Historical Perspectives through a Modern Lens
SCU’s Historical Perspectives serves as a way for History students to publish their research done in the classroom, providing an avenue to reach the larger community.
by Sarah Stoddard '23
Research papers are something that most college students are familiar with. But what happens once the grade is received? Most get filed away and probably never read again. For Santa Clara University’s History Department, that’s where Historical Perspectives comes in. An award-winning undergraduate research journal, Historical Perspectives allows undergraduate students at Santa Clara to submit their research and have it published in this acclaimed history journal. The current volume, compiled during the COVID-19 pandemic, social unrest due to racial injustice, and the 2020 presidential election, features papers that use events of the past to bring us insight into the issues of the present.
One article in the current issue, written by Kayleigh Limbach ’21 (Environmental Science), discusses revolutionary environmental activism by detailing the activist work of three women from different generations. Another, written by Sofia Stechschulte ’22 (Economics and History), focuses on the oppression of bisexuality throughout the gay and lesbian activism in the 1960s and in its portrayal in the media. This theme of social justice was curated by the journal’s co-editors, Brandon Schultz ’21 (English and History) and Tegan Smith ’20 (History and Women’s and Gender Studies), with their faculty advisor, Professor Naomi Andrews (History).
Professor Andrews has been involved with Historical Perspectives for many years. “It’s an outlet for student research to be made more public to a larger community, and a place for undergraduate peer review,” she explains. Oftentimes, student papers will only be seen by professors and never reach outside the scope of the classroom. With Historical Perspectives, however, students in history classes at Santa Clara gain the opportunity to improve their writing amongst like-minded people and share their work with a greater audience.
The most recent volume, published in December 2020, features nine student articles and four reviews. In each of these works, the theme of social justice is apparent. “Many of the classes that are the common sources of these papers deal with race, gender, and social justice themes,” Professor Andrews says. These student papers are taken from history classes, thesis projects, and more, submitted to a team of two student co-editors, and put through a competitive review and editing process. The co-editors of the current volume, Schultz and Smith, had the job of maintaining the high standard of quality of the journal while choosing papers that featured research relevant to the current state of the world. Throughout this process, they gained experience as editors and writers, and also as scholars of history.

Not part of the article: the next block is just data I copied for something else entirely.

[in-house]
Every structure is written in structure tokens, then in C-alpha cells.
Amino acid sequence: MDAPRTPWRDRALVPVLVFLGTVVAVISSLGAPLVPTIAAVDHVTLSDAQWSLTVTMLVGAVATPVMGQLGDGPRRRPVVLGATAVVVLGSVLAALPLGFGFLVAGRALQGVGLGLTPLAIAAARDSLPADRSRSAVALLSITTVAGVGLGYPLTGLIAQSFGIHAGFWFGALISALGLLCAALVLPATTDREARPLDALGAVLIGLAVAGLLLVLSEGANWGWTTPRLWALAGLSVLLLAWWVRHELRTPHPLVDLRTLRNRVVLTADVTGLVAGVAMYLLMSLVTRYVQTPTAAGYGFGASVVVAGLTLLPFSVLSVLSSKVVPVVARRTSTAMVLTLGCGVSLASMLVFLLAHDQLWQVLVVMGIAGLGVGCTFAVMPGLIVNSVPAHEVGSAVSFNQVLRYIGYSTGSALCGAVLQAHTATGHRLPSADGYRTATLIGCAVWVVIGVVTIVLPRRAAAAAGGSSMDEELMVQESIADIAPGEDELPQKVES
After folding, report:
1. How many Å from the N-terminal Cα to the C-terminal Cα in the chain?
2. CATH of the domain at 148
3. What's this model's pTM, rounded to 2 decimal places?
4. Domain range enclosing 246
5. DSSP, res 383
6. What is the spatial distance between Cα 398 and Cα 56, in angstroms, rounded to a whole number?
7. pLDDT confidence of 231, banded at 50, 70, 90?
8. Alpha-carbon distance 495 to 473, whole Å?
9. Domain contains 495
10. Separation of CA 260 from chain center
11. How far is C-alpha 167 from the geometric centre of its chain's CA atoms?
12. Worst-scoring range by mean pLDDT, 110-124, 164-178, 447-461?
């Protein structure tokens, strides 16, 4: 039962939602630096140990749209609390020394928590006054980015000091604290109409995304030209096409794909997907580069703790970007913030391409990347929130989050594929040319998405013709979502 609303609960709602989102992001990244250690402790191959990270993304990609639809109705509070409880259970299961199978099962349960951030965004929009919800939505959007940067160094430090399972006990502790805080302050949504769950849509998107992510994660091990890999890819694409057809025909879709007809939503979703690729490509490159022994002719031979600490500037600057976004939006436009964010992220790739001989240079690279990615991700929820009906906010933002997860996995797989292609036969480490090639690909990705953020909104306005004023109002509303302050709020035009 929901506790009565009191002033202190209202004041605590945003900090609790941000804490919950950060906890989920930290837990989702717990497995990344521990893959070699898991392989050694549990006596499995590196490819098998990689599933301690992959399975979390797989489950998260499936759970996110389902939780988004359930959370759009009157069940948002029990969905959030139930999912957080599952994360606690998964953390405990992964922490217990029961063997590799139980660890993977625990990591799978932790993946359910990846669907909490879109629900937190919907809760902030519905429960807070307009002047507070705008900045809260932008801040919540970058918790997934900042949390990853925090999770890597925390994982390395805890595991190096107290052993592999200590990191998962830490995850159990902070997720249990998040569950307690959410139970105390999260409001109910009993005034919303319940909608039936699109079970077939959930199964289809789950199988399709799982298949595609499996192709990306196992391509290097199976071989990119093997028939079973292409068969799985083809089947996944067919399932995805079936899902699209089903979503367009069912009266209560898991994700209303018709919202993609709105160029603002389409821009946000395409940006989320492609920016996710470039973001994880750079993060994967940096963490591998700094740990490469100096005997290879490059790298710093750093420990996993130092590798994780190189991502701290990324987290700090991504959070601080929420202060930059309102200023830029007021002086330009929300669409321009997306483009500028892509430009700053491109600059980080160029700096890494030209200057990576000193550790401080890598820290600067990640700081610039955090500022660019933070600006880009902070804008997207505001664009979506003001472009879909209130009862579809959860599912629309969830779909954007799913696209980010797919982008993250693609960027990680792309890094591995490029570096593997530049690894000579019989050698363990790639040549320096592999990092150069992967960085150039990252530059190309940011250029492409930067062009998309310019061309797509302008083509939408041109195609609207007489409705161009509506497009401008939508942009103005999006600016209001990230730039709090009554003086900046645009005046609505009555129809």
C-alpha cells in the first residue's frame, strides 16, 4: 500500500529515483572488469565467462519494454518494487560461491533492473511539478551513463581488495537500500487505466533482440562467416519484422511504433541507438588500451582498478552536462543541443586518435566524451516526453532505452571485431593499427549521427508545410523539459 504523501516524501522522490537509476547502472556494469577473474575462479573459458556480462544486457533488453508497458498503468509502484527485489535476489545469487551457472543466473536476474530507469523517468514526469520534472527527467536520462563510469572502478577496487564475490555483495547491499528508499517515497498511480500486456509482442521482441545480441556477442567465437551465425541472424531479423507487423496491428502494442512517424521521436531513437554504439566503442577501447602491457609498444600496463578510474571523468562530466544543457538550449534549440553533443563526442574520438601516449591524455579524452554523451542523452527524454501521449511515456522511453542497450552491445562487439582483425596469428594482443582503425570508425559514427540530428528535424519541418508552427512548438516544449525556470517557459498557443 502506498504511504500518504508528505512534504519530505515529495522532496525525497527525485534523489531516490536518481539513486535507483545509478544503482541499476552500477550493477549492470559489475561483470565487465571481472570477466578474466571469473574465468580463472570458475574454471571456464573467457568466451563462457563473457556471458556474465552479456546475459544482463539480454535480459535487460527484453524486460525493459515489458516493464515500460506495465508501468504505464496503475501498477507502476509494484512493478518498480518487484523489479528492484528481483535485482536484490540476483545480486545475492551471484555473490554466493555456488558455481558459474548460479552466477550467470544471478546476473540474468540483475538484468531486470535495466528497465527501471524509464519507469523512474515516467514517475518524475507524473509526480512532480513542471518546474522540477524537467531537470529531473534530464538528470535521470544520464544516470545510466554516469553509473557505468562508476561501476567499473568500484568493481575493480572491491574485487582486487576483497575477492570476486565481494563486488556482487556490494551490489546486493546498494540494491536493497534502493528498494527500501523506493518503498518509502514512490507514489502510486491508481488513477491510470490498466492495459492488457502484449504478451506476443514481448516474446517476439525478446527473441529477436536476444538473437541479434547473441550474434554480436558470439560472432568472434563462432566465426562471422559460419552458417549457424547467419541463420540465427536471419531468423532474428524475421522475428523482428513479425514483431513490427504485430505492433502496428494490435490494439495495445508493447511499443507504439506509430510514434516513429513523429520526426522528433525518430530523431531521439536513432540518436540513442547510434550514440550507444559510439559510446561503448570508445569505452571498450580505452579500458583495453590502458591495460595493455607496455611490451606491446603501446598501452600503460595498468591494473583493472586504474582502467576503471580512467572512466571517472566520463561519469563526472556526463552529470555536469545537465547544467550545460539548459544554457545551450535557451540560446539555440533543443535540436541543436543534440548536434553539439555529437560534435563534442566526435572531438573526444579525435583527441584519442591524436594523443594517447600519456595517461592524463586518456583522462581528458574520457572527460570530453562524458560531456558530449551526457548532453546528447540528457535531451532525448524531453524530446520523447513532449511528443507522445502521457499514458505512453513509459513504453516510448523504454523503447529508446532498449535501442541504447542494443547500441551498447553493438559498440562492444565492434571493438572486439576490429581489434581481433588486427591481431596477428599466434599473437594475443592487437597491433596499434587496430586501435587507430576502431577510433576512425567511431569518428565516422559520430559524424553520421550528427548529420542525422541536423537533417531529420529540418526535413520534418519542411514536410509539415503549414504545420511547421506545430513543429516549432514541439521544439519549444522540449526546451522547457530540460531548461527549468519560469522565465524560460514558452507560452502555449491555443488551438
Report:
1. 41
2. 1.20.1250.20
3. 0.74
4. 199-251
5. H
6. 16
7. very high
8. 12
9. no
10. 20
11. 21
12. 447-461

As co-editors, Schultz and Smith independently reviewed all submissions, and then together identified the theme within the papers and selected those that would be published. Next, the editing process began. In addition to working with the writers to edit their work, Schultz and Smith also needed to find a cover image for the volume, write an introduction, and more. “Personally, my main takeaway from this experience was that I learned that I love working with writers,” Schultz says. “I had such a brilliant time discovering my peers’ voices and perspectives on the various historical subjects, and it was great to work with them and with their writing to produce a finished journal.” He hopes to engage in similar work in his future career.
Both co-editors encourage students to submit their papers to the journal as this process is a great learning experience and much more fulfilling than simply completing a paper in class. “Submitting an article and going through the editing process provides students with concrete ways to improve their work as writers, readers, and researchers,” Smith explains. “Students have the freedom to conduct original research that isn’t limited to a prompt assigned by a professor.” And if a student has a paper from class that they spent a lot of time and effort on, Historical Perspectives can give them the opportunity to improve their writing with like-minded peers and showcase their hard work to the world.
“The journal lets students know the value of their work outside of the classroom, and it also gives students a great introduction to the world of editing and collaborating on writing, which is far too often viewed as a solitary process,” Schultz says. “Plus, when you look yourself up on Google Scholar, your article will pop up! How cool is that?”
Historical Perspectives has published twenty five volumes since it began in 1991. Consistently recognized on a national level, it has placed in the top three in the Phi Alpha Theta History Honors Society national competition for best undergraduate history journal seven of the past twelve years, including second-place in the 2020 for the 2019 issue.